Here is a selection of items on the agendas for this week’s meetings of the City and Parish councils. To see the full agendas, check out the links below:
Midyear budget amendments
While Lafayette Consolidated Government’s budget is adopted annually, the budget actually changes throughout the year. The City and Parish councils routinely pass budget amendments that adjust both revenues and expenses for government services.
Cuts to Bayou Vermilion Flood Control funding. Three parish ordinances set for final votes Wednesday would remove a total of $3.9 million in federal American Rescue Plan Act funding from Lafayette’s embattled Bayou Vermilion Flood Control Project, while replacing only $2 million of that revenue. The funding shifts come more than six months after the Guillory administration learned that ARPA funds could not be used for BVFC because its process for awarding the contract to build the project was not competitive enough to meet federal procurement standards. The flood-control project was awarded to Rigid Constructors via a construction management at risk process.
- PO-2 takes $400,000 from BVFC for the Gayle Road Reconstruction project.
- PO-3 moves $1.5 million from BVFC to the Louisiana Avenue Extension Drainage project.
- PO-4 swaps $2 million from a handful of local road and drainage projects to replace ARPA funds in BVFC.
Some $30 million in reimbursements from the state government is being withheld pending the legislative auditor’s investigation of LCG.
Cuts to Bayou Vermilion Flood Control will continue with PO-7, which moves $500,000 of parish ARPA funds from BVFC into a new project to replace a well in Water District North. The move would not replace funding for BVFC, lowering parish government’s appropriation for the project to $13.1 million. At least $50 million is estimated to have already been spent on the project.
More money for LCG’s long-awaited drainage plan. PO-8 transfers $250,000 from the parish’s Stormwater Management Fund to the budget for LCG’s long-awaited Comprehensive Drainage Plan. The plan, which was bid out to CSRS in Baton Rouge, has been in the works since early 2021 and was already budgeted to cost at least $500,000 in city tax dollars. As of Monday, LCG had not fulfilled a public records request issued Jan. 6 for a copy of the plan and any drafts.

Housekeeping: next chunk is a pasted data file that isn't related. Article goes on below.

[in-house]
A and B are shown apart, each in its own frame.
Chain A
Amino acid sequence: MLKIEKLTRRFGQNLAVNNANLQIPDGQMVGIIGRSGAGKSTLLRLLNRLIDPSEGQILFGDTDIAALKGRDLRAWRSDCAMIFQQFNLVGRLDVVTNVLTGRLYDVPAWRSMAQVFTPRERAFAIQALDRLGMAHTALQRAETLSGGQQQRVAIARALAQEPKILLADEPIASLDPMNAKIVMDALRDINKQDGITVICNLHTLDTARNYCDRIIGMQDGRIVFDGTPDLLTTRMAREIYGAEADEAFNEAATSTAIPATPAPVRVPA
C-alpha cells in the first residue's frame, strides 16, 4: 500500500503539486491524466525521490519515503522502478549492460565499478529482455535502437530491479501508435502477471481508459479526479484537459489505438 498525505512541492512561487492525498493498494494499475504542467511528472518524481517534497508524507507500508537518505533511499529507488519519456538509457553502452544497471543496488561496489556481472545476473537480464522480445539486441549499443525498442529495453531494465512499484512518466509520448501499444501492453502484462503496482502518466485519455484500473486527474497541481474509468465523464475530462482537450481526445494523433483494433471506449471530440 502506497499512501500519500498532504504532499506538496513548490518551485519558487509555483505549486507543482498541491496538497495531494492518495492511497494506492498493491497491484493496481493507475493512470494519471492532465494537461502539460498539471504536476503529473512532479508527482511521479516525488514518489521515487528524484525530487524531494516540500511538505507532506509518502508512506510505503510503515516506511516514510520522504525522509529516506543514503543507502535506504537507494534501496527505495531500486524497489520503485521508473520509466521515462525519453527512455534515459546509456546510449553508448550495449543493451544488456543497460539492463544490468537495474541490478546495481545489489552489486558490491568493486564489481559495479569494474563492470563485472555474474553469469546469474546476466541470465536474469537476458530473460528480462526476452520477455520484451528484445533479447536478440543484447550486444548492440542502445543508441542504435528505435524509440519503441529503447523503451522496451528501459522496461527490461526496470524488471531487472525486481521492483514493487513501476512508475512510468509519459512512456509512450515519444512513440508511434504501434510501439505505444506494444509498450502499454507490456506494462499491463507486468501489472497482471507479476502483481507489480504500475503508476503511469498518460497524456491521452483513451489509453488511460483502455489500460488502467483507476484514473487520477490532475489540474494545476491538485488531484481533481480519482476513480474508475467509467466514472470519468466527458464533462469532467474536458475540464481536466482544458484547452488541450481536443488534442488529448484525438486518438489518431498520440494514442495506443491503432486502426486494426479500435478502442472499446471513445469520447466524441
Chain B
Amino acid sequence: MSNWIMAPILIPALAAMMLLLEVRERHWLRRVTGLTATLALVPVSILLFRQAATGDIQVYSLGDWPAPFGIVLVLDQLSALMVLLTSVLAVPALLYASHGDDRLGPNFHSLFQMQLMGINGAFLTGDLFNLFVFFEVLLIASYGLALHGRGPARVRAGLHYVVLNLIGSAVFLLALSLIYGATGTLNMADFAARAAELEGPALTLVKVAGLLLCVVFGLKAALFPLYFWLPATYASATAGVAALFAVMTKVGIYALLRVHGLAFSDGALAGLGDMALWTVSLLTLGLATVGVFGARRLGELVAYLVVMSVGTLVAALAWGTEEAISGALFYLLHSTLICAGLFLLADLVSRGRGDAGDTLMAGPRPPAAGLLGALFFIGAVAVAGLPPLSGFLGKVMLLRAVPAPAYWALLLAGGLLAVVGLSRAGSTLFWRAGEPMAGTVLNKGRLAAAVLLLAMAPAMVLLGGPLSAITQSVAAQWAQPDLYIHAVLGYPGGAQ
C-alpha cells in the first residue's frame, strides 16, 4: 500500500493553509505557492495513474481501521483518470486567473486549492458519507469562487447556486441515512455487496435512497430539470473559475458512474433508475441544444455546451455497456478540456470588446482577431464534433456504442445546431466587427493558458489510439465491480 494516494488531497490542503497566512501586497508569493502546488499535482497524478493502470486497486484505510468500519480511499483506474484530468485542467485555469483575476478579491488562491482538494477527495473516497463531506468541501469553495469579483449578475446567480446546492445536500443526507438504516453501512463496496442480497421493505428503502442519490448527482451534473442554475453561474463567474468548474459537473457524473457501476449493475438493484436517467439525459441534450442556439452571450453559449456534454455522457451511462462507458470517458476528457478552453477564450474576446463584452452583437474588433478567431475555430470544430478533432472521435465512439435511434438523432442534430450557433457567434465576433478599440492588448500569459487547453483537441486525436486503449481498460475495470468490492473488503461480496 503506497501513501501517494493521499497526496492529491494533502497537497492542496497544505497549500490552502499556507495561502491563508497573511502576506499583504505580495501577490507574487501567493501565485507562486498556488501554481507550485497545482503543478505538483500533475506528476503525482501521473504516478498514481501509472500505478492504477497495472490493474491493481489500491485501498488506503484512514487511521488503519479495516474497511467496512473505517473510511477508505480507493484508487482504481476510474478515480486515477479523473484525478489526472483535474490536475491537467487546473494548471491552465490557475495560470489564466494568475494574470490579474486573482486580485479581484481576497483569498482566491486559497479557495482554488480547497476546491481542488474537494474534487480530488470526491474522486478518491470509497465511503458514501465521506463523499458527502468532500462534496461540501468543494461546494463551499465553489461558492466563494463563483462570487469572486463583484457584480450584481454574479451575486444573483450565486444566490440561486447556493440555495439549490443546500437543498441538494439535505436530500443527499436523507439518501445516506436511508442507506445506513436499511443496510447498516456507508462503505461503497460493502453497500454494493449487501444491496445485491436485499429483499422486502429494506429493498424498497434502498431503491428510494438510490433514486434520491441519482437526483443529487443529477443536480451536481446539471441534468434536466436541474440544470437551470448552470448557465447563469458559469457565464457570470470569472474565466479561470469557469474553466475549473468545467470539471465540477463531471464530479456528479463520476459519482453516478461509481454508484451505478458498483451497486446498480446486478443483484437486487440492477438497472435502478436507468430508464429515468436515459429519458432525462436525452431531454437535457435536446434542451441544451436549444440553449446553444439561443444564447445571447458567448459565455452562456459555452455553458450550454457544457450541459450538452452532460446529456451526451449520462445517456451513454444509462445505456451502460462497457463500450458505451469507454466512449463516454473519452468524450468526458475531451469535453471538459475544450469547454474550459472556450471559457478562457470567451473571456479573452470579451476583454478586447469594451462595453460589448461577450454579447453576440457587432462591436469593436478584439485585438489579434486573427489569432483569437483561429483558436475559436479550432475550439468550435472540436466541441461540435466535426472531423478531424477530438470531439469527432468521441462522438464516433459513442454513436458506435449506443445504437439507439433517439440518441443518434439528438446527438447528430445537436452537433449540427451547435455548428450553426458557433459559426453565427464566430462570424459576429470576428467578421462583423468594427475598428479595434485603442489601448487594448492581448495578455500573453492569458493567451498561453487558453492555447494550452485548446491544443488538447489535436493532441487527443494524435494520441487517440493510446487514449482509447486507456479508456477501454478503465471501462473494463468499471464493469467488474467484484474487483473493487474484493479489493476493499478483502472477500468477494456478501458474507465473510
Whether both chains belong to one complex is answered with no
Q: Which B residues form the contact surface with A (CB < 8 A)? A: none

River Ranch utility dispute. The City Council will meet behind closed doors to discuss litigation strategy with city-parish attorneys in a lawsuit brought against homeowners by LCG in May 2021 over utility servitudes at a residence in River Ranch.
Moss Street bar waiver. The council is set to vote on CR-2, which would grant a waiver of the requirement that bars not be located within 300 feet of a daycare for an existing bar on Moss Street.
$1 million removed from spot dredging project. Ordinance CO-8 diverts $1 million from the city’s $5 million budget to spot dredge the Vermilion River to replace the roof of the Fire Department’s training center. The spot dredge project had spent just under $1.2 million on clearing small debris from the river as of November.
Space for veteran services. Ordinance CO-6 authorizes the mayor-president to enter an agreement with local veterans groups allowing them to use the vacant fire station at the corner of Simcoe Street and Evangeline Drive to provide support services for veterans.
LUS upgrades and customer service building. Ordinance CO-10 authorizes LUS to spend $8.6 million ($700,000 in cash, $7.9 million in debt) on a number of projects, including renovations to existing facilities, upgrades to streetlights and water meters, plus the acquisition of a new customer service building.
Four corners gas station. The City Council will weigh in on a development dispute after neighbors pushed the City Planning Commission in December to nix efforts to redevelop the closed Chase bank location at the corner of University Avenue and Jeanne Street over concerns that a convenience store and gas station would be built there.
ARPA swaps. CO-12 would swap $360,000 worth of city parks and recreation projects between the city’s ARPA funds and local tax dollars, without changing how much of each funding source is spent.
Mardi Gras ends at midnight. Approval from both councils will be needed to enact the Guillory administration’s proposal to close bars in the city and unincorporated parts of the parish at 12 a.m. on Ash Wednesday, putting a halt to Mardi Gras bar activity at midnight.
The proposal has met mixed response, with bar owners complaining that it will hurt sales and the administration arguing that it will improve public safety. Bars are currently allowed to remain open until 2:30 a.m. six days a week, but most close at 12:30 a.m. on Mondays.
Pavement markings. Ordinance JO-7 recognizes LCG’s receipt of a $1.6 million federal grant to improve pavement marking on non-state roads and approve $400,000 in local tax dollars ($392,000 city vs. $8,000 parish) for the project’s required match.